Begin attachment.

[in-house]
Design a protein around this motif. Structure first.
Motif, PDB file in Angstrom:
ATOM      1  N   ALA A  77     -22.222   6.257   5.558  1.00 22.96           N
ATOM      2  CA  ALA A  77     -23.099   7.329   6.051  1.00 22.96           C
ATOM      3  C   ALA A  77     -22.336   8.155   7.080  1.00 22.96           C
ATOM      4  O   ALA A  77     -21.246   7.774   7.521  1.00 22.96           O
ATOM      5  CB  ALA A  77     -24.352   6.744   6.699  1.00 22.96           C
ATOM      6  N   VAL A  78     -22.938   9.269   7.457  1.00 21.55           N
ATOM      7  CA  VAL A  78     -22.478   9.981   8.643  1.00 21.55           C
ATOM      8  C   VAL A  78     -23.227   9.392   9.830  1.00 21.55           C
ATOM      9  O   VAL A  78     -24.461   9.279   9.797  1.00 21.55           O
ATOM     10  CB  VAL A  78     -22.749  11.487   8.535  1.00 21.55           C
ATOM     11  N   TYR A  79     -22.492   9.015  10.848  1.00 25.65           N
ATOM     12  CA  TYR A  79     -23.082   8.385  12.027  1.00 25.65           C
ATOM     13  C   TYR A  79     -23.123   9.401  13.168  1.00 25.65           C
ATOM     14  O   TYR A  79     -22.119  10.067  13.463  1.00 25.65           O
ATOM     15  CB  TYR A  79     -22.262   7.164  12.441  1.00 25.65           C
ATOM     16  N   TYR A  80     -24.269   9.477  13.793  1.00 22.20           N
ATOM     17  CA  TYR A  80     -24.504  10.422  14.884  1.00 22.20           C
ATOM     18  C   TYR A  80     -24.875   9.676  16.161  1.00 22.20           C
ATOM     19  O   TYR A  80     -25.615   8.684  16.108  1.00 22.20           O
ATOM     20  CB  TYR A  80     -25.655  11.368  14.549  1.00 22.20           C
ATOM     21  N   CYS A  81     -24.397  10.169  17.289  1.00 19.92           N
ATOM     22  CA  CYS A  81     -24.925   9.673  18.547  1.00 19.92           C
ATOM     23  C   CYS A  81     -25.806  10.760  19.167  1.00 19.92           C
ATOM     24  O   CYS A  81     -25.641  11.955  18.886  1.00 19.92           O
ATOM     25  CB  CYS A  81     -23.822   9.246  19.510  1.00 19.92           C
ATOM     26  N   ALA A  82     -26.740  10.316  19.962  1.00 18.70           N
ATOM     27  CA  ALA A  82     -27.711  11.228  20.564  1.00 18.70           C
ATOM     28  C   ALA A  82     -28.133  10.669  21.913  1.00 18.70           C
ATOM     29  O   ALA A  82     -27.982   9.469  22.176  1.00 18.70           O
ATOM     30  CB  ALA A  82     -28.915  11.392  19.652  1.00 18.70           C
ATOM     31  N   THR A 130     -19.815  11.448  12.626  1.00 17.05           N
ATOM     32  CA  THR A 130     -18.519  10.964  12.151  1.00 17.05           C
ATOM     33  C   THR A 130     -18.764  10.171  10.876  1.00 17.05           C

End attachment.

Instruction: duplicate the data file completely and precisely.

[in-house]
Design a protein around this motif. Structure first.
Motif, PDB file in Angstrom:
ATOM      1  N   ALA A  77     -22.222   6.257   5.558  1.00 22.96           N
ATOM      2  CA  ALA A  77     -23.099   7.329   6.051  1.00 22.96           C
ATOM      3  C   ALA A  77     -22.336   8.155   7.080  1.00 22.96           C
ATOM      4  O   ALA A  77     -21.246   7.774   7.521  1.00 22.96           O
ATOM      5  CB  ALA A  77     -24.352   6.744   6.699  1.00 22.96           C
ATOM      6  N   VAL A  78     -22.938   9.269   7.457  1.00 21.55           N
ATOM      7  CA  VAL A  78     -22.478   9.981   8.643  1.00 21.55           C
ATOM      8  C   VAL A  78     -23.227   9.392   9.830  1.00 21.55           C
ATOM      9  O   VAL A  78     -24.461   9.279   9.797  1.00 21.55           O
ATOM     10  CB  VAL A  78     -22.749  11.487   8.535  1.00 21.55           C
ATOM     11  N   TYR A  79     -22.492   9.015  10.848  1.00 25.65           N
ATOM     12  CA  TYR A  79     -23.082   8.385  12.027  1.00 25.65           C
ATOM     13  C   TYR A  79     -23.123   9.401  13.168  1.00 25.65           C
ATOM     14  O   TYR A  79     -22.119  10.067  13.463  1.00 25.65           O
ATOM     15  CB  TYR A  79     -22.262   7.164  12.441  1.00 25.65           C
ATOM     16  N   TYR A  80     -24.269   9.477  13.793  1.00 22.20           N
ATOM     17  CA  TYR A  80     -24.504  10.422  14.884  1.00 22.20           C
ATOM     18  C   TYR A  80     -24.875   9.676  16.161  1.00 22.20           C
ATOM     19  O   TYR A  80     -25.615   8.684  16.108  1.00 22.20           O
ATOM     20  CB  TYR A  80     -25.655  11.368  14.549  1.00 22.20           C
ATOM     21  N   CYS A  81     -24.397  10.169  17.289  1.00 19.92           N
ATOM     22  CA  CYS A  81     -24.925   9.673  18.547  1.00 19.92           C
ATOM     23  C   CYS A  81     -25.806  10.760  19.167  1.00 19.92           C
ATOM     24  O   CYS A  81     -25.641  11.955  18.886  1.00 19.92           O
ATOM     25  CB  CYS A  81     -23.822   9.246  19.510  1.00 19.92           C
ATOM     26  N   ALA A  82     -26.740  10.316  19.962  1.00 18.70           N
ATOM     27  CA  ALA A  82     -27.711  11.228  20.564  1.00 18.70           C
ATOM     28  C   ALA A  82     -28.133  10.669  21.913  1.00 18.70           C
ATOM     29  O   ALA A  82     -27.982   9.469  22.176  1.00 18.70           O
ATOM     30  CB  ALA A  82     -28.915  11.392  19.652  1.00 18.70           C
ATOM     31  N   THR A 130     -19.815  11.448  12.626  1.00 17.05           N
ATOM     32  CA  THR A 130     -18.519  10.964  12.151  1.00 17.05           C
ATOM     33  C   THR A 130     -18.764  10.171  10.876  1.00 17.05           C